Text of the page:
Malta is asymmetrical. Dusty and also dewy. It’s a world crossroads and an abandoned isle––in that respect not unlike Lampedusa, which is only some kilometers over the sea to the west from here. The moon is high. I looked at my dinner plate. The tomatoes are not as red as they are in Sicily, but are like blood compared to what we see in the States. 

I didn’t sleep. I coughed once at 2:00 in the darkness in bed and my throat, still desiccated from the dry air of the flight but now doused in pure saline humidity, caught something in its fibers. 

Imagine losing your voice at a women’s studies conference specifically designed to let a woman’s voice be heard uninhibited. The pharmacist the next morning gave me honey-lemon cough drops to stave off what I figured was really just a result of exhaustion. Tomorrow, when I spoke, I’d be better, I hoped.

Today, at the opening of the 20th annual WAVE (Women Against Violence Europe) Conference, the president of Malta, Marie-Louise Coleiro Preca––the second woman to hold the office here––welcomed us. The rest of the day was packed with back-to-back speakers chosen from women’s specialist service organizations across Europe. And although I was still living in that split screen of time, and although I quite literally fell asleep for a second while standing in the hall on a coffee break, cup in hand, head dipping, I was energized by being in an environment where I didn’t have to pause to make a man feel comfortable with my power, where I didn’t have to pause to explain decades of feminist discourse to a man who says he thinks I just misinterpreted what he said…

Let freedom ring! And nary a salad or yogurt in sight.

The next morning it was clear this was no normal jet lag: I was full-blown sick. So I did what any self-respecting New Yorker in the midst of trauma would do when flown in to the middle of the Mediterranean Sea to speak to leaders from across the European continent: I showed up.

61% of migrants arriving in Italy are women and yet only four of the 55 journey stories on Migrants of the Mediterranean are women’s. My presentation was to discuss why this gender gap exists, and it does, according to my fieldwork, for four reasons:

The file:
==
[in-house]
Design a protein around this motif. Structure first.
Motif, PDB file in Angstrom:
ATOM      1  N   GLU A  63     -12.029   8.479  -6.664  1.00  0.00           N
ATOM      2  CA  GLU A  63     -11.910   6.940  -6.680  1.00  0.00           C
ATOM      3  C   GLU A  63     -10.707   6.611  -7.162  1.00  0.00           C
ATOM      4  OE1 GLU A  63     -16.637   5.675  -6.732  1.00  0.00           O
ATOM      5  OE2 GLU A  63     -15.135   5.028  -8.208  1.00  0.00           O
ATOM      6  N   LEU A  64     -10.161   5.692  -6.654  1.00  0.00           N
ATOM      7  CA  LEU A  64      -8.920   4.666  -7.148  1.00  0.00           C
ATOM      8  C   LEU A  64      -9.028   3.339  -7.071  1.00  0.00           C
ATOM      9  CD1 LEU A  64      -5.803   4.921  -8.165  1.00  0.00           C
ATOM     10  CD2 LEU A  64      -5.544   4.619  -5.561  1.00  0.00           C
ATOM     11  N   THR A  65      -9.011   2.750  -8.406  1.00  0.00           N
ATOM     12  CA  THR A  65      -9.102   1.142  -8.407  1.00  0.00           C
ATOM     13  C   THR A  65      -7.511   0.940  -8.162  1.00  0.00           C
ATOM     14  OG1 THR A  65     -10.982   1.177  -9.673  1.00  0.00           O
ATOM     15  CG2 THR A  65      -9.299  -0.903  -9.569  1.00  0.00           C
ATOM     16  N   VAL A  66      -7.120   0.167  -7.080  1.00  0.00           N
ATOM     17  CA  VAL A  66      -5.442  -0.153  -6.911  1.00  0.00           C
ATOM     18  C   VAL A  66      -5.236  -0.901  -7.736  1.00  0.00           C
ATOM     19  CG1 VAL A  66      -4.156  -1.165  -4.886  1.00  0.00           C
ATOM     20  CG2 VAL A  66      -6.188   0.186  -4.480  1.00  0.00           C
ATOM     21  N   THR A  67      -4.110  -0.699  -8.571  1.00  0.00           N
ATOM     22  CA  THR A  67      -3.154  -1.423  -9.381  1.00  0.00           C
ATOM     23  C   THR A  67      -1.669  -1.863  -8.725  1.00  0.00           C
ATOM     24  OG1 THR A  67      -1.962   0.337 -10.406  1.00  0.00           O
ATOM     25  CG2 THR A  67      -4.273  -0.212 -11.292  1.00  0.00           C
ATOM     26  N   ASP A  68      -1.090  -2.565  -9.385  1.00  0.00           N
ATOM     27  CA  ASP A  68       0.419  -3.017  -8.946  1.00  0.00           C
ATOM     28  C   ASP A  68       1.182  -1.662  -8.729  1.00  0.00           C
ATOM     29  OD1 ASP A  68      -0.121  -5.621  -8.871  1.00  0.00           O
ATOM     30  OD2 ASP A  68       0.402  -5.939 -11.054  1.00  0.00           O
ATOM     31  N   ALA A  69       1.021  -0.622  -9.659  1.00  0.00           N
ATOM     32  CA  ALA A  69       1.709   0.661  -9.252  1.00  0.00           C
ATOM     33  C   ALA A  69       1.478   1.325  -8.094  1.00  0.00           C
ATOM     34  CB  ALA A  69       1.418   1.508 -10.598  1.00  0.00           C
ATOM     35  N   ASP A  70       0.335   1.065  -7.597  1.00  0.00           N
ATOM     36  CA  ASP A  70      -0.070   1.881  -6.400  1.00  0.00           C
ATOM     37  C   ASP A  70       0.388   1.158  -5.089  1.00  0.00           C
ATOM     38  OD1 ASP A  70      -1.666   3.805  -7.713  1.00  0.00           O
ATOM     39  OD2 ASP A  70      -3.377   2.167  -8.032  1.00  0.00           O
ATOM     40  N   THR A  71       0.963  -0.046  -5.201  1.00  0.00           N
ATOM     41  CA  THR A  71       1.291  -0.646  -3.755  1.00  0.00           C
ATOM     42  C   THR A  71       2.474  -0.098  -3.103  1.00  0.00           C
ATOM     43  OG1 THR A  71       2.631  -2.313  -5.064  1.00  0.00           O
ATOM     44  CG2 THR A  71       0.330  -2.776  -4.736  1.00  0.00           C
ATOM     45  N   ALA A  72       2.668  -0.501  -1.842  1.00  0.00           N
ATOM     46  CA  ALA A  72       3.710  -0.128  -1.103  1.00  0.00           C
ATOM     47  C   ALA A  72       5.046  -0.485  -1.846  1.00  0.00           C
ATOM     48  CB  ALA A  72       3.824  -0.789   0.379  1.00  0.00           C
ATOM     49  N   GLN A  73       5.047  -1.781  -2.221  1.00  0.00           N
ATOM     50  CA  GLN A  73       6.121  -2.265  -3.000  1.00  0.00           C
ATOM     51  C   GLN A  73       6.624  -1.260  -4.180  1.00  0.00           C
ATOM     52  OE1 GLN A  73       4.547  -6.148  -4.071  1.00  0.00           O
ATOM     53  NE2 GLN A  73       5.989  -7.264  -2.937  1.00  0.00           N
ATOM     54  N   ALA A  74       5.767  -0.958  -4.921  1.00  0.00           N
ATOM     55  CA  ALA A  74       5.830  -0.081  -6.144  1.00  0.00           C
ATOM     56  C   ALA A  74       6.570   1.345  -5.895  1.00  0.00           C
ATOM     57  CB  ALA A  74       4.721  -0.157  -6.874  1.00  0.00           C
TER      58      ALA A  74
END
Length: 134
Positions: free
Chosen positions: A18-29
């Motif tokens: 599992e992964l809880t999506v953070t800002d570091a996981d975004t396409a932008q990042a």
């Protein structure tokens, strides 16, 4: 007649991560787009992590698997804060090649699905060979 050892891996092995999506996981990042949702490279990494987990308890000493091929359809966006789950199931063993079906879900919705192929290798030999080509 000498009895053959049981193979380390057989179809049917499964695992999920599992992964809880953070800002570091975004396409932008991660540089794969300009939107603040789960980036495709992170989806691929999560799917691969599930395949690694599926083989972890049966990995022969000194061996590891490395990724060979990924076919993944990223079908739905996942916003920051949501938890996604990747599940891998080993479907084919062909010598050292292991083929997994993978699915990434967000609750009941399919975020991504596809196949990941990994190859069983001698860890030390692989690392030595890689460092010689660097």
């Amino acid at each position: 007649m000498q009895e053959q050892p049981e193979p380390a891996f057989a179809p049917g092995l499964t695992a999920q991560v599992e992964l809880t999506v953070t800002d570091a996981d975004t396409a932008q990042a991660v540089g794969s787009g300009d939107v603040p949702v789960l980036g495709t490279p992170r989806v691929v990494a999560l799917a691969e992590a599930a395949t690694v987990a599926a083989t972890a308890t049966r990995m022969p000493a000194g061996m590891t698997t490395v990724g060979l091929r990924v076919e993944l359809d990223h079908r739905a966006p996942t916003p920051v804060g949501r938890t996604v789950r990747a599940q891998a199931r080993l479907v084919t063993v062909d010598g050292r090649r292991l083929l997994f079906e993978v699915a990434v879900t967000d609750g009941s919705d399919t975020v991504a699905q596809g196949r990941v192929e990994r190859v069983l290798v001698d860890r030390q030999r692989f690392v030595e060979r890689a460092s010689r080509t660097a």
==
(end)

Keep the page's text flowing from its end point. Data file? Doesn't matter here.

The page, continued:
1. First Reception
    The restrictions upon reception on Lampedusa island that label women and children “at-risk,” frequently have women transferred to the mainland for immediate medical care (e.g. pregnant women who need specialized care), making meeting impossible.

  2. Religious Restrictions
    A woman’s religious affiliation may by law require her to stay at home, out of the public eye, and thus, upon reception on Lampedusa, in the hotspot where greeters like me cannot reach her.

  3. Lack of Education
    Men are frequently favored for education in their originating countries, meaning women and girls do not receive an English (or French) education that enables communication with me to collect their stories.

  4. General Subjugation
    Supposing a woman is on the island, does leave the hotspot, and can speak English (or French), she will be conditioned to let men and boys speak before her, diminishing her presence and voice. 

All of which is to say, it has been an incredible challenge to find women, and further, women willing to speak about what happened to them on the migration route once I do. There are four exceptions to this: Maiama and Mariama, two sisters from The Gambia; Mary from Sierra Leone, and Blessing from Nigeria. I urge you to read their stories if you have not already. 

There is a new way in to amend the disparity on the site, and it takes me beyond Lampedusa as the place to initially greet migrants. At housing camps across Italy, where I regularly visit male migrants met in Lampedusa, I gain access to whole new populations of people whose stories have never been told––including, and most importantly in the context of this writing, women.

[To read the conference presentation, email me and I’ll send you the PDF.]

I delivered the presentation by absolute will, and possibly by the power of cough drops. In the end, I heard my voice reverberating off the back of the room’s wall. I met incredible new friends and contemporaries in the meantime, and you can count the footprint of MotM as expanded.

My plane took off from Malta the next day. When I landed, I would be in a place that could not be––in the cultural realm of Italy and the Mediterranean––further from it. I would go with the flow here too, I would have no choice. Touchdown Milan.